You can tell you’re in the Bible Belt when you see more churches than Starbucks

Down here (West Texas) there are more prisons than Starbucks

- from the movie `Life Of David Gale'

A group I’m involved with, the Real Change Organizing Project, has recently taken up the cause of not building a new prison in Seattle. Projections that the county made for estimated prison population is about 4,000 people short but the city wants to build a new prison anyway.

I’ve always felt the worse thing about prisons is that the powers-that-be always find a way to fill them. Prison population in this country went from 19,000 in 1980 to 251,200 in 1999 no doubt in large part to the countries ill-advised war on drugs.

But it wasn’t until recent years, when I stopped writing just about sports and took a shot at more real world stuff, that I discovered the whole concept of privatizing prisons. Prisons just like wars and TV news has become nothing more than a way to make money. And that means more prisoners. Dick Cheney’s company, Halliburton, is involved in prisons.

Sometimes it’s hard to find who actually owns your neighborhood prison. A Seattle paper is using the Freedom of Information Act to find out who’s building the new Seattle prison. When I did a google search, ``who’s building Seattle prisons,’’ I couldn’t get anything.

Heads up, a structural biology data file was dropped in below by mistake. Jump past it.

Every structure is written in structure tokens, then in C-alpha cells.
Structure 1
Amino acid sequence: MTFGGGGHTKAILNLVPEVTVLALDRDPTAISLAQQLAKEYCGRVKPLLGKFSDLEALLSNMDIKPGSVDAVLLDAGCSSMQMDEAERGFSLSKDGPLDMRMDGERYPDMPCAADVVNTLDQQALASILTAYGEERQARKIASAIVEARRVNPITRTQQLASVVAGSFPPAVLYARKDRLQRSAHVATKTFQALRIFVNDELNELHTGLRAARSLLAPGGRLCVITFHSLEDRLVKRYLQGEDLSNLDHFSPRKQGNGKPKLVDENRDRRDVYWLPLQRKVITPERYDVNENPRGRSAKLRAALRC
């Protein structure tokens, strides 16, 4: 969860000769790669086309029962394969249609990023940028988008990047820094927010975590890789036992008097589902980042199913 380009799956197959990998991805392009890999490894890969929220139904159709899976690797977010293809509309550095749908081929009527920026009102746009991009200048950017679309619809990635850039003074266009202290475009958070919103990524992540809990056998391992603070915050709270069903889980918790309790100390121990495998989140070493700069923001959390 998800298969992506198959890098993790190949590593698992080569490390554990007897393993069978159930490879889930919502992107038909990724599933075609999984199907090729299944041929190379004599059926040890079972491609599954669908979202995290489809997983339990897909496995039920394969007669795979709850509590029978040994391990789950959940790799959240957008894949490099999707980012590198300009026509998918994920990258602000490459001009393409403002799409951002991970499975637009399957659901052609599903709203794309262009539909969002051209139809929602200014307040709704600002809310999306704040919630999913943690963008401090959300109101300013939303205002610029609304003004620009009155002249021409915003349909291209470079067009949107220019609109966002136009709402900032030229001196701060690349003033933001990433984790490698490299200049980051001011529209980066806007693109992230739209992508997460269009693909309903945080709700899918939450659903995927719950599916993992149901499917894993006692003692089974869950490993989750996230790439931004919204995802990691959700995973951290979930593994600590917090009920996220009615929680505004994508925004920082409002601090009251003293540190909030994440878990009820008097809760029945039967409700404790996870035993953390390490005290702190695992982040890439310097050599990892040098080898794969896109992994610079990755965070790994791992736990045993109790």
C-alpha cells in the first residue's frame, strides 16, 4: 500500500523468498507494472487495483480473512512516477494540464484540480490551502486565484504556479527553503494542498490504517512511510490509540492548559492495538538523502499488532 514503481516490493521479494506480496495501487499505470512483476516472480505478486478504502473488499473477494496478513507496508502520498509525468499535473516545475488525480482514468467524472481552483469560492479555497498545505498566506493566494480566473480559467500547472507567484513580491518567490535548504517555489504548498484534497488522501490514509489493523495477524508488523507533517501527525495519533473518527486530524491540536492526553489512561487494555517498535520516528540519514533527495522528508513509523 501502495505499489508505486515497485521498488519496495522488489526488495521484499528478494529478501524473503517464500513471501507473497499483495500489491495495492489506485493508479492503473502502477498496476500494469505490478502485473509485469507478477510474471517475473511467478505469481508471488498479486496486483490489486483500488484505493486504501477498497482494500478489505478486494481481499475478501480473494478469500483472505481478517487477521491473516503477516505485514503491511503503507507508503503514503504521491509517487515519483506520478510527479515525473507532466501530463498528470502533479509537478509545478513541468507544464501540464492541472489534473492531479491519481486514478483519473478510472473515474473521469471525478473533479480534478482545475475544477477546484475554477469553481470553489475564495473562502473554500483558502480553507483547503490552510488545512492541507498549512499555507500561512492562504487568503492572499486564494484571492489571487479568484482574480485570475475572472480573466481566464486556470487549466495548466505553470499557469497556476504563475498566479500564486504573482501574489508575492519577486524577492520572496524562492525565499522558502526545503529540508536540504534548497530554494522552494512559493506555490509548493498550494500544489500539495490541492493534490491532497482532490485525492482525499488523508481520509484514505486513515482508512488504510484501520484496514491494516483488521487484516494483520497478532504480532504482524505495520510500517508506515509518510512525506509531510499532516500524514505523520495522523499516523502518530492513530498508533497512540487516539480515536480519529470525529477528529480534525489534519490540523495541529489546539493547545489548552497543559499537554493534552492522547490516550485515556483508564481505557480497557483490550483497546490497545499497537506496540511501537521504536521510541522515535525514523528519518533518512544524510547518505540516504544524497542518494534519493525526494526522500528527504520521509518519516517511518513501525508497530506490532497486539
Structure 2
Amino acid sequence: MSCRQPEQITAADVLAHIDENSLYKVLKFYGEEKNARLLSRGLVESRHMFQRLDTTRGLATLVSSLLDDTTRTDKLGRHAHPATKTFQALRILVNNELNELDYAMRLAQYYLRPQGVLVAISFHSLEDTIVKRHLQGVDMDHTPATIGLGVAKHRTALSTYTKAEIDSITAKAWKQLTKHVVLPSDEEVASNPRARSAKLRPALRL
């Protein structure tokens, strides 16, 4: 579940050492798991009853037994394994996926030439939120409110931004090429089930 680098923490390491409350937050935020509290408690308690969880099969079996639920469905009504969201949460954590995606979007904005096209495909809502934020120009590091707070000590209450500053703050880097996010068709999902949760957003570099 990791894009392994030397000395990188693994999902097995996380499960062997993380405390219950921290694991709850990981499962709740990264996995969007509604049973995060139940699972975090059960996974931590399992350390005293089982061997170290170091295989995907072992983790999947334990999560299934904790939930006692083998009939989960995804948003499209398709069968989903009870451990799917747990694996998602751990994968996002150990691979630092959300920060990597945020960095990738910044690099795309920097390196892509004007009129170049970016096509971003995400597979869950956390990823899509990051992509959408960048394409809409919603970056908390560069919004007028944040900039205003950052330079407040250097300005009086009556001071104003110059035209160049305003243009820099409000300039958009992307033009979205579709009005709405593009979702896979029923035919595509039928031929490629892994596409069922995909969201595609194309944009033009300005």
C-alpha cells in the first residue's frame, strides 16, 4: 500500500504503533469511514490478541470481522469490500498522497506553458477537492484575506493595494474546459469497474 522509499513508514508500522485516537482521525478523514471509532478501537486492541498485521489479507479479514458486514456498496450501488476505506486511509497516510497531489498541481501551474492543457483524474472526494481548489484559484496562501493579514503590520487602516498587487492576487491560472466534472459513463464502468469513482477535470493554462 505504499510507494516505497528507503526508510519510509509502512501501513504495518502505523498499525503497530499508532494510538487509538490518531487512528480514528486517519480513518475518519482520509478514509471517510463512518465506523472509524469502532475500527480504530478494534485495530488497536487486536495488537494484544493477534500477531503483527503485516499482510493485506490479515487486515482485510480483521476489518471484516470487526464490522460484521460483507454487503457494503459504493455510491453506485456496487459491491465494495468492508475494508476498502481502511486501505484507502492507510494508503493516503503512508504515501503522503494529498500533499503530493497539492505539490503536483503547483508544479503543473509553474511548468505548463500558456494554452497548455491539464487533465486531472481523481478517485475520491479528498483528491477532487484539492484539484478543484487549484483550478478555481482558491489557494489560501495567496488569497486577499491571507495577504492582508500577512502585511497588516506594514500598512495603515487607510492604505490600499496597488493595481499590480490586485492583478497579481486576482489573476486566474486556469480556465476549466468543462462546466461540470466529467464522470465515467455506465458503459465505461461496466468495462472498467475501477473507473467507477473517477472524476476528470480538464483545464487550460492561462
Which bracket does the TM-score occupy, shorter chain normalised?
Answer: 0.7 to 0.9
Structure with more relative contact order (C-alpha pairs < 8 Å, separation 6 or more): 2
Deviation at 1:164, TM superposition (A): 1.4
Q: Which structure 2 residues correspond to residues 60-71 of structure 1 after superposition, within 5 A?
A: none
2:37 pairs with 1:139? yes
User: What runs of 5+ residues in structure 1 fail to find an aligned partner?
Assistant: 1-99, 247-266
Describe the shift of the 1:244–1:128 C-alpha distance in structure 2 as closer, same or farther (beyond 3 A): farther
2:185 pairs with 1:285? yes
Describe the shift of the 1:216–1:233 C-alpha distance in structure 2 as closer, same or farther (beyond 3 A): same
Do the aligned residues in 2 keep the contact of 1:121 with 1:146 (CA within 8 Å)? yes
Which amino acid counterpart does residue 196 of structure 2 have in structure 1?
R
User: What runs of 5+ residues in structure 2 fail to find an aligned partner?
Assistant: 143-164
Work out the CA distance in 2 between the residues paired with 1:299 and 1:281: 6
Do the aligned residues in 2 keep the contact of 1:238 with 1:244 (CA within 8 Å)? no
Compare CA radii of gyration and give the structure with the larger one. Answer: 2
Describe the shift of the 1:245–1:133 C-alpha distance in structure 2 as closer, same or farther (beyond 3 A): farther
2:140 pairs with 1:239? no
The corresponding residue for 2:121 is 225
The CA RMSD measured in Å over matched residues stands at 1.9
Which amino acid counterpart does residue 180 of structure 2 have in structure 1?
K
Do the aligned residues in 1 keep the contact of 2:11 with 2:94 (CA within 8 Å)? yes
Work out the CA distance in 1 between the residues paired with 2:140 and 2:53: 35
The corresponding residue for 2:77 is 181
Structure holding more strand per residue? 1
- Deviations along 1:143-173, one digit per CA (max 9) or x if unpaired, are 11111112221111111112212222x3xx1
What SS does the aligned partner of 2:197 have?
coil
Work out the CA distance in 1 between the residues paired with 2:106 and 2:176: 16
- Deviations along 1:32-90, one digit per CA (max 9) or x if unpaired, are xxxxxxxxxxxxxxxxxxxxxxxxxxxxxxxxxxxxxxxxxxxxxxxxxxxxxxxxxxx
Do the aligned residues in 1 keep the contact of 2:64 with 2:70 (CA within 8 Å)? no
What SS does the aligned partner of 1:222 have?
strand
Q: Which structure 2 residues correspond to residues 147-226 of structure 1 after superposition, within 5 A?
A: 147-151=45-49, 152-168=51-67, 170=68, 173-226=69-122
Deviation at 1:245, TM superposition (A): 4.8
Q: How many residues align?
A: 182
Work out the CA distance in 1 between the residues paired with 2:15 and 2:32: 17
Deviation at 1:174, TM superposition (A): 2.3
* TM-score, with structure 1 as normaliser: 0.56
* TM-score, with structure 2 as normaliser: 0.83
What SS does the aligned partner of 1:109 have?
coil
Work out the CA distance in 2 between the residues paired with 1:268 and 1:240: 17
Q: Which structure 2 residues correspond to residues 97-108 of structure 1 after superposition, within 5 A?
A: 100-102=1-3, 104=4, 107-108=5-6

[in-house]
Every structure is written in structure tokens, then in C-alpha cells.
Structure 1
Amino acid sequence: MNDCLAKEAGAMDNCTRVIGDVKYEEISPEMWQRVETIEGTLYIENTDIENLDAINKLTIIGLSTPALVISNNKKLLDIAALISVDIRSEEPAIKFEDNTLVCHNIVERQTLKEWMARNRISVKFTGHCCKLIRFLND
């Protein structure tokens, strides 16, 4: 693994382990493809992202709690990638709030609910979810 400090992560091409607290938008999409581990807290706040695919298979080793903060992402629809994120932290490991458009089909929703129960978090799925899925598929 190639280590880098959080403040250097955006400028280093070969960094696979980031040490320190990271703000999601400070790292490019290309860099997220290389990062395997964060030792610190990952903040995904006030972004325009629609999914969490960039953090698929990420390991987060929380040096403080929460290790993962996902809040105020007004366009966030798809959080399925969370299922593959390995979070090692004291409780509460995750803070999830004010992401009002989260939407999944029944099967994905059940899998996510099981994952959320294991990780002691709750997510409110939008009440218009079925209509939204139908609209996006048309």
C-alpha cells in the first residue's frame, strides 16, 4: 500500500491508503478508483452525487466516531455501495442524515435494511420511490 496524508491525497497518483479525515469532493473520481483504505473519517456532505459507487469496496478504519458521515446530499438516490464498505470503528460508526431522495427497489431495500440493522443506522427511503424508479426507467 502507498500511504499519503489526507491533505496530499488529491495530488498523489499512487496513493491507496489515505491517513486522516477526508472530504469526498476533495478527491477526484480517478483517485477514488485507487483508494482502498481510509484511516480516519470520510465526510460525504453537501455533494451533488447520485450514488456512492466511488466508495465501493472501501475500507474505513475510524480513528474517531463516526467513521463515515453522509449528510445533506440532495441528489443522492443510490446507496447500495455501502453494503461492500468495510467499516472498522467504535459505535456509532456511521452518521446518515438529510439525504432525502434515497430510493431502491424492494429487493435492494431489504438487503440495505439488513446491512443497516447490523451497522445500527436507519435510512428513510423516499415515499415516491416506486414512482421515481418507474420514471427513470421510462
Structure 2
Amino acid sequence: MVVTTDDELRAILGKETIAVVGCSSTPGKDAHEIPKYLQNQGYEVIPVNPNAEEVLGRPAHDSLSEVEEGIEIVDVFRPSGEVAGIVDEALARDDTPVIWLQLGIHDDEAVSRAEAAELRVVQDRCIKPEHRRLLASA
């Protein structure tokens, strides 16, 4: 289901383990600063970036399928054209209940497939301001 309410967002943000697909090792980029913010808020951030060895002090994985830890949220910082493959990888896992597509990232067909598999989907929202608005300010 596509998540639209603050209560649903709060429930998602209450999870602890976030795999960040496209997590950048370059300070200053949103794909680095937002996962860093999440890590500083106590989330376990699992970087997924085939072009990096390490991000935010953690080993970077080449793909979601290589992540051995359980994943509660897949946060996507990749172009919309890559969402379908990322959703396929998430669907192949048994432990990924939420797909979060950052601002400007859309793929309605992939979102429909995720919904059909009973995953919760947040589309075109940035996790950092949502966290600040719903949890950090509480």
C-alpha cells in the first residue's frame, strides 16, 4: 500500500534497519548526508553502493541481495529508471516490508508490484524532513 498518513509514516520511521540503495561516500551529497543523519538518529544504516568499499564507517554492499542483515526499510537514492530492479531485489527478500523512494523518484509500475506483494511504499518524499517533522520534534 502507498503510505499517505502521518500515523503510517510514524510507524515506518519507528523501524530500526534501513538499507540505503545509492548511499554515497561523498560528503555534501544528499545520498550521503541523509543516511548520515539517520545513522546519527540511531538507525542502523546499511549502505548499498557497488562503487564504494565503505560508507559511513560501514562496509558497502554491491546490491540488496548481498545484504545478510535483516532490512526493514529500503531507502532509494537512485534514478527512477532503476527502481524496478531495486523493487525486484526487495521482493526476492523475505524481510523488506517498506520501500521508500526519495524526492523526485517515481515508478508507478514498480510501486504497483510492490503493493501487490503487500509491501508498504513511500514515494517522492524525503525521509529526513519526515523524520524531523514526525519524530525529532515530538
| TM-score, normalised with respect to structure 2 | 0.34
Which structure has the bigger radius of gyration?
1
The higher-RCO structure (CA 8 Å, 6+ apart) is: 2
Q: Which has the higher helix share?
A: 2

However, I did stumble across one of the great Internet rumors which is that former Price Is Right game show host and Happy Gilmour star Bob Barker, owns 90% of the prisons and makes $3,000 on every prisoner. If you don’t watch game shows this is the guy who’s always yelling for people to ``come on down.’’ Insert your own joke about Bob Barker greeting prisoners here.

It turns out that Bob Barker Company of Fuquay-Varina, N.C. is in fact American’s leading detention supplier (and we all thank them for that). But this Bob Barker has nothing to do with game shows. It’s actually a family run business that started with plumbing and now even provides the telephones at the prison in Minneapolis.

Nevertheless, there are people who still believe that TV’s Bob Barker, who also tells people to neuter their pets, runs our nation’s prison system. It makes for a good blog posting but I’ve always felt that the really ridiculous conspiracy theories just get in the way of those that have some truth to them. Just because you’re paranoid doesn’t mean they’re not out to get you.

Monday, August 11, 2008

A tie to the past

Recently I attended a Boston Red Sox game against the Mariners at Seattle's Safeco Field. The first Red Sox game I attended was at Fenway Park in Boston, September 18, 1967. The Red Sox beat the New York Yankees that day, 9-1. Mickey Mantle played in that game. So did Jim Bouton, who wrote ``Ball Four,'' one of the best sports' books ever. I enjoy telling Red Sox fans I meet that I probably saw my first game before they were born. I'm usually right.
I'm one of those nerdy fans they talked about on ESPN after Boston won the World Series in 2004. People who thought about parents and grandparents who had long since passed away having never seen the Red Sox win a world championship. My parents weren't huge fans but my dad took me to my first game and many others after that. My mother didn't know a lot about baseball but Red Sox Hall-of-Famer Carl Yastrzemski was her favorite player. She called him Carly. And I often think of the words of former Red Sox relief pitcher Mike Myers (one of the most obscure players on the team) who said ``when a New Englander finds out you were on the 2004 Red Sox they don't say congratulations they say thank you.''